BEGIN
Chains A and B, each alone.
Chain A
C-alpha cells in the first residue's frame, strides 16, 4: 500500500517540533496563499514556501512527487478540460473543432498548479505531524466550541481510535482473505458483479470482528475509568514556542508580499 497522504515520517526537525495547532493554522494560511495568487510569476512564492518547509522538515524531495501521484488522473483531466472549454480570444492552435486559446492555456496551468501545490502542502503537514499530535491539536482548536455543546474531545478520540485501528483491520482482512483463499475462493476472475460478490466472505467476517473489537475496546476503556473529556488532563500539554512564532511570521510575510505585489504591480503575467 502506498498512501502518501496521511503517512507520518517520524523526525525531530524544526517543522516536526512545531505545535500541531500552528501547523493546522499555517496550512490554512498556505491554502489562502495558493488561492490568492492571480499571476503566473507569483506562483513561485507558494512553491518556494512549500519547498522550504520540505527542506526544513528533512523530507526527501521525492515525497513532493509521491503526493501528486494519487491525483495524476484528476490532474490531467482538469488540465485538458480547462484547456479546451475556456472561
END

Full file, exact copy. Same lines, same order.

Chains A and B, each alone.
Chain A
C-alpha cells in the first residue's frame, strides 16, 4: 500500500517540533496563499514556501512527487478540460473543432498548479505531524466550541481510535482473505458483479470482528475509568514556542508580499 497522504515520517526537525495547532493554522494560511495568487510569476512564492518547509522538515524531495501521484488522473483531466472549454480570444492552435486559446492555456496551468501545490502542502503537514499530535491539536482548536455543546474531545478520540485501528483491520482482512483463499475462493476472475460478490466472505467476517473489537475496546476503556473529556488532563500539554512564532511570521510575510505585489504591480503575467 502506498498512501502518501496521511503517512507520518517520524523526525525531530524544526517543522516536526512545531505545535500541531500552528501547523493546522499555517496550512490554512498556505491554502489562502495558493488561492490568492492571480499571476503566473507569483506562483513561485507558494512553491518556494512549500519547498522550504520540505527542506526544513528533512523530507526527501521525492515525497513532493509521491503526493501528486494519487491525483495524476484528476490532474490531467482538469488540465485538458480547462484547456479546451475556456472561